Arthritis occurs as a result of thinning of the cartilage that lines the joints. The symptoms are pain, swelling and in the most severe cases progressive deformity. There are more than a dozen joints in the foot, many of them close together, and any one (or often more than one) can be involved in the arthritic process.
How is foot arthritis diagnosed?
Despite a careful clinical assessment, it may still be difficult to be certain which joint is causing the pain. Many patients have more than one joint affected. In such cases, it may be helpful to arrange further imaging, such as CT or MRI scan. It may also be appropriate to consider a diagnostic injection of steroid and local anaesthetic into the joint. This is usually performed under a short general anaesthetic with the assistance of an x-ray machine to ensure the correct positioning of the needle.
How is foot arthritis treated?
- Non-surgical treatment – this involves the use of painkilling tablets, injections, orthotics (insoles) and activity modification. In general, however, if symptoms persist, then surgery is required.
- Surgical treatment - unlike with the ankle or big toe joint, there are no replacements for any of the other foot joints. In general, the solution to arthritis in the joints of the foot is fusion, known as an arthrodesis. This involves removing any remaining cartilage and fusing the joint. This removes any remaining movement in the joint, but is generally successful in relieving pain.
Are there any complications of having a fusion?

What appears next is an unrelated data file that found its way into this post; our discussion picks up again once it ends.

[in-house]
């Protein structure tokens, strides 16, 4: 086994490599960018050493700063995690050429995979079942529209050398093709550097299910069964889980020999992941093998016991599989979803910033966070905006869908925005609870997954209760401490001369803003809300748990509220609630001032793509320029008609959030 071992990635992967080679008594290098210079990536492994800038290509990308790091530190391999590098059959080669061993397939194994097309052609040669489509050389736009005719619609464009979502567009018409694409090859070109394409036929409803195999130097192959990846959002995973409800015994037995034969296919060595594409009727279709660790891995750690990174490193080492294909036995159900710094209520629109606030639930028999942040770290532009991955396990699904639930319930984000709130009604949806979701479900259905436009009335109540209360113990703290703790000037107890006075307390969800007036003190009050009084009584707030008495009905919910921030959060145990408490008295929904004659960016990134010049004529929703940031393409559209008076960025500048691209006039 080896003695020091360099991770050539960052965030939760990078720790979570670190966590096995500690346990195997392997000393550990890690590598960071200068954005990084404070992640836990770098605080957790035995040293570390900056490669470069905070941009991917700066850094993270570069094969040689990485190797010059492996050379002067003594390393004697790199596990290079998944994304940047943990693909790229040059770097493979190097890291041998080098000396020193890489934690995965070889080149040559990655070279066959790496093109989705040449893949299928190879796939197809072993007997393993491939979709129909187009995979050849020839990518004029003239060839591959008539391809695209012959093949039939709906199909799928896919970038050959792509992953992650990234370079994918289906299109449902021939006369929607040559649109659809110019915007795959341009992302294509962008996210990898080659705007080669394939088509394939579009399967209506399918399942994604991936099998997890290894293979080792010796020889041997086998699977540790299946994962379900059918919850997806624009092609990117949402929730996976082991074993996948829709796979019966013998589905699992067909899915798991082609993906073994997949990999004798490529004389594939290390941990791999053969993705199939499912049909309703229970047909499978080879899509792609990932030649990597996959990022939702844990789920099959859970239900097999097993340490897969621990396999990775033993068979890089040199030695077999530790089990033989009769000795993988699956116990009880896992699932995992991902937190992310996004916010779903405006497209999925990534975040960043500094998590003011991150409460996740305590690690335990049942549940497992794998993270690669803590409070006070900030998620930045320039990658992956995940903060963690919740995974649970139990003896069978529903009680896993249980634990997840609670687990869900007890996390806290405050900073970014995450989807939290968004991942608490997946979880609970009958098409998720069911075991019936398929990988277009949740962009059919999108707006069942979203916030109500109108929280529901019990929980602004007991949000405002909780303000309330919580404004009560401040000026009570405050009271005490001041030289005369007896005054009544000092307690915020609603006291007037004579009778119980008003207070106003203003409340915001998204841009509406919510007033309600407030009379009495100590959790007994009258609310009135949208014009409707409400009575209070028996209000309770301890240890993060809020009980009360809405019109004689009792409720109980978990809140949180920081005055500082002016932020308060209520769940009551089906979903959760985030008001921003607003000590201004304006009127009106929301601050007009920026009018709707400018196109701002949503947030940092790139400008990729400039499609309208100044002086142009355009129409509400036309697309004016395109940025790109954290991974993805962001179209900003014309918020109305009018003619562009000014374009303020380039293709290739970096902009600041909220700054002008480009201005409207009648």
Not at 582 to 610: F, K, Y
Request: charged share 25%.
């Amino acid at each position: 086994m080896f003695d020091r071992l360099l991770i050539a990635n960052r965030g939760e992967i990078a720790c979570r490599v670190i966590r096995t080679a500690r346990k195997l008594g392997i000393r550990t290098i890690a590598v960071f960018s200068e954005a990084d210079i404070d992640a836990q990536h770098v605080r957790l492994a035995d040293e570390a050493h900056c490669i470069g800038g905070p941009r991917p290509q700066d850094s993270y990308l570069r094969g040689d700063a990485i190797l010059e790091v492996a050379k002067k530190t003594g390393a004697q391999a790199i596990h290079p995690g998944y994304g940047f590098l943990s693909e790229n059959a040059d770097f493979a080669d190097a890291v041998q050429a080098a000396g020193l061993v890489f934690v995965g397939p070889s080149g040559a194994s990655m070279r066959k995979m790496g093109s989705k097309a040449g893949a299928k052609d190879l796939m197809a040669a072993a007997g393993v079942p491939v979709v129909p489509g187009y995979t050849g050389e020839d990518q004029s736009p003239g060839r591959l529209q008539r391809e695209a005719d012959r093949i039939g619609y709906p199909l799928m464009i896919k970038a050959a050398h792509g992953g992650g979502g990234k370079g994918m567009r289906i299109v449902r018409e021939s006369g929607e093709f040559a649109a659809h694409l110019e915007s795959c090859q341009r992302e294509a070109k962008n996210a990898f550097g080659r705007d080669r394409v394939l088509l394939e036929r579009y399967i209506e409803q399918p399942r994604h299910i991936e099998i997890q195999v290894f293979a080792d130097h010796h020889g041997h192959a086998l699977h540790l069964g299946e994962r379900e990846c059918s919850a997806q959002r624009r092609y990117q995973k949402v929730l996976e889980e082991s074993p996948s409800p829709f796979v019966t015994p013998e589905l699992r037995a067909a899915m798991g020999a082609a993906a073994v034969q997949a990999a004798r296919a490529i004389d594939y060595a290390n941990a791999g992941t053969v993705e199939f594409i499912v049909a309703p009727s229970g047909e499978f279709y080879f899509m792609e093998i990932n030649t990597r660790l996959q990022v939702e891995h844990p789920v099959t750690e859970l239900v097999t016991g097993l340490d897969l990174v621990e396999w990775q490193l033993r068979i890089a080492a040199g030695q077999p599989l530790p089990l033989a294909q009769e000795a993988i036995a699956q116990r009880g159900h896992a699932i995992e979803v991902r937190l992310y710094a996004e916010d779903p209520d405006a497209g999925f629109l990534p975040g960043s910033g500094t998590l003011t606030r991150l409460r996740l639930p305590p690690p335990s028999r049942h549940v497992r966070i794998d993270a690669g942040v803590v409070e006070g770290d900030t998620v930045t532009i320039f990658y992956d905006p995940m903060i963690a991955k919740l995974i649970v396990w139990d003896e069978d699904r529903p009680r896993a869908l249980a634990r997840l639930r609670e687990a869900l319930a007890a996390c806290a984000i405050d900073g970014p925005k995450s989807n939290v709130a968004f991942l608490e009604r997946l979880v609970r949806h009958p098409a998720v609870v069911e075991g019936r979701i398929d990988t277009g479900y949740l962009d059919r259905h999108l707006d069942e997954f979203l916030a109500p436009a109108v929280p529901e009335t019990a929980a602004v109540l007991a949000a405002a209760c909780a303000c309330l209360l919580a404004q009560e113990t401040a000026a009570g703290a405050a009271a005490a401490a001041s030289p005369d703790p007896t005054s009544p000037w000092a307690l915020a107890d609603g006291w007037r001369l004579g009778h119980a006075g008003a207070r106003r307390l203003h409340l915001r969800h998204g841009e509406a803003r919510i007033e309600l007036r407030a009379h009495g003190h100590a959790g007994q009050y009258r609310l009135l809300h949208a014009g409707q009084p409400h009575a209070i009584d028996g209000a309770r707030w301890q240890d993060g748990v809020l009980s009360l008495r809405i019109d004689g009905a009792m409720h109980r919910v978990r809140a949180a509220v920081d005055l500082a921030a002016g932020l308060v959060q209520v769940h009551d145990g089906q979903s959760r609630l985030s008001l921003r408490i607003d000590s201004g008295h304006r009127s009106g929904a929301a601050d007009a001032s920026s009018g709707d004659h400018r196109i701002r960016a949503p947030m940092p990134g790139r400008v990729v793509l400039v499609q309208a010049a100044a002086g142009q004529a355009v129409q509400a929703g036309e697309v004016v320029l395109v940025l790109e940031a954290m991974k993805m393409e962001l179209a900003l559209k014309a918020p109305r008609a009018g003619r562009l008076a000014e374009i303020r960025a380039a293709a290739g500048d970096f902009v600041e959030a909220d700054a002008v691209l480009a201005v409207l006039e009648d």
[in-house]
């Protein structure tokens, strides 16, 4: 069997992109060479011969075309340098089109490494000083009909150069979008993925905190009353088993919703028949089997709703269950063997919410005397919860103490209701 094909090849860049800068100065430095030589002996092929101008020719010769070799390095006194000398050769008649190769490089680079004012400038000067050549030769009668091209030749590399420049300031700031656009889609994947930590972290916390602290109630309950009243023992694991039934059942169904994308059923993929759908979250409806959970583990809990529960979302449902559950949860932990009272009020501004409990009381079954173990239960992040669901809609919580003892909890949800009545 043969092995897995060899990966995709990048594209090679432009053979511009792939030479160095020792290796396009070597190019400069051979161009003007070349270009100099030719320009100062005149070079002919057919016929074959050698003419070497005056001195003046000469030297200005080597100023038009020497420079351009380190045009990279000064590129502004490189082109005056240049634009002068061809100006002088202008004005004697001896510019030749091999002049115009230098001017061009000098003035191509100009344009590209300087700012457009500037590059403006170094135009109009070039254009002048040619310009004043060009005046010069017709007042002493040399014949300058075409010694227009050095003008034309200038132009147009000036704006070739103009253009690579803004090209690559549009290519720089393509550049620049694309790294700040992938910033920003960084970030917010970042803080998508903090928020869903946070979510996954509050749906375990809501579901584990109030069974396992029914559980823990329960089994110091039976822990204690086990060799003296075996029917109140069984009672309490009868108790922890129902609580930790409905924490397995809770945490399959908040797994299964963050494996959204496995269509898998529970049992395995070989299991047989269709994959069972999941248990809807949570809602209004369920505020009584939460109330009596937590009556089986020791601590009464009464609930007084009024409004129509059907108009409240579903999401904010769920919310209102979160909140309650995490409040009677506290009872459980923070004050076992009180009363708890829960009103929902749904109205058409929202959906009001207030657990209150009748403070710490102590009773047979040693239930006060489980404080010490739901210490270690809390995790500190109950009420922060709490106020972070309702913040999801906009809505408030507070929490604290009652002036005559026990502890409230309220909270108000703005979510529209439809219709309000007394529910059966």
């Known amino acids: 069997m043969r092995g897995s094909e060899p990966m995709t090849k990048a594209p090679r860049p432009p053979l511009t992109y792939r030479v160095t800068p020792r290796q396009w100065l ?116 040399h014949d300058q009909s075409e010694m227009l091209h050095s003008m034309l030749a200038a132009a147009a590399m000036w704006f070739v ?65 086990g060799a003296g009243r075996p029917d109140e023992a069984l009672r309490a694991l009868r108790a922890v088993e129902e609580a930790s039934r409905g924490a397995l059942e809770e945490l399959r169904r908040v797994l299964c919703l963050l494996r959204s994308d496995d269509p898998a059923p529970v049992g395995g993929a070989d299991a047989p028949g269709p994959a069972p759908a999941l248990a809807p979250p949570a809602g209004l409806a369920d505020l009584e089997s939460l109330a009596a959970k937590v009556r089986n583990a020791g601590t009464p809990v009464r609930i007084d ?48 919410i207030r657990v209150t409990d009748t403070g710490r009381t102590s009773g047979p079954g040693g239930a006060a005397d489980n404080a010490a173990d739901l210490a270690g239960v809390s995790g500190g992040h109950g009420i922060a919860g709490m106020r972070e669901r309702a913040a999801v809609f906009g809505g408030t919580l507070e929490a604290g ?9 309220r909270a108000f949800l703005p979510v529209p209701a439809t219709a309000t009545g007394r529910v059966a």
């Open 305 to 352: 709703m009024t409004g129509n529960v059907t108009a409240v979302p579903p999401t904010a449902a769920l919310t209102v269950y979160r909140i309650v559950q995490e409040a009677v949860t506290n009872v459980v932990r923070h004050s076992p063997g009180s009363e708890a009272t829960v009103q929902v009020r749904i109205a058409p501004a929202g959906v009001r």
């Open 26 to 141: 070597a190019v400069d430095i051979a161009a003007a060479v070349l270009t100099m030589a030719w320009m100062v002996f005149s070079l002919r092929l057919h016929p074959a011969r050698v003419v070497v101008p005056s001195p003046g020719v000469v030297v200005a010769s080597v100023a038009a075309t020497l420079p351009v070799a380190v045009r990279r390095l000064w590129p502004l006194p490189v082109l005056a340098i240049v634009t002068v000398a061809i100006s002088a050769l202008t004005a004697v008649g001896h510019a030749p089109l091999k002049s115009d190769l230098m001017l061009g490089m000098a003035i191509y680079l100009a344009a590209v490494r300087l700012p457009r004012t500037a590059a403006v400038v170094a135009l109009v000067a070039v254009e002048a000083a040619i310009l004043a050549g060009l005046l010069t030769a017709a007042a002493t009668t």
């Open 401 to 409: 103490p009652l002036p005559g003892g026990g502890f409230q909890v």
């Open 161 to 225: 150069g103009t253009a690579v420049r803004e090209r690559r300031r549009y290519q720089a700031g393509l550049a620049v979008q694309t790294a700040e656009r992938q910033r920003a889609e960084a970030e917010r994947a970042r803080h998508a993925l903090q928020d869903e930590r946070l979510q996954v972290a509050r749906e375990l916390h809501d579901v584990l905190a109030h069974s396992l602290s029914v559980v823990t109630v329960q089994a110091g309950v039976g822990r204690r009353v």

There are risks with all surgical procedures. Risks of severe complications are increased in heavy smokers, and if there is significant deformity in the foot. Surgery is performed under a general anaesthetic. With modern techniques, the risk from the anaesthetic itself is now very low. There are also general risks of the surgery, which include infection, pain, swelling, stiffness, blood clots, nerve and blood vessel damage and a risk that the surgery may not fully cure the pain.
Specific to the fusion is the risk that the fusion will not take – this is known as a non-union. If this is symptomatic, it may require more complex surgery to repeat the fusion, often with bone graft taken from the top of the pelvis. The risk of non-union is significantly higher in smokers. There is also the risk that the surrounding joints may have to work harder as a result of the affected joint being fused and with time they too may become arthritic. This can be treated if necessary.
Which joints are most commonly affected?
- Subtalar joint - this joint lies beneath the ankle, between the talus (ankle bone) and the calcaneum (heel bone). Treatment for subtalar arthritis is usually a fusion and in cases where there is deformity of the heel, it may be necessary to insert a block of bone graft, taken from the top of the pelvis, to correct the deformity.
- Triple joint – this is made up of the subtalar, talonavicular and calcaneocuboid joints. As well as to treat arthritis, a triple fusion may be performed to correct a foot deformity.
- Talonavicular joint – this joint lies just in front of the ankle joint and is the main joint in the foot that allows the foot to move from side to side. It is commonly a site of arthritic change either on its own or in combination with other joints (see triple joint arthritis, above).
- Midfoot joints - The five joints at the base of the metatarsals, the tarsometatarsal joints, are another common site for arthritic change. Usually, it is only the 1st, 2nd and 3rd tarsometatarsal joints that are involved, with sparing of the 4th and 5th. As with the triple joint, this can be associated with a flat foot deformity. There may be large osteophytes around the joint which can cause pressure problems in shoes. Fusion of these joints will aim to improve the deformity as well as relieving pain and reducing the size of the bone swelling.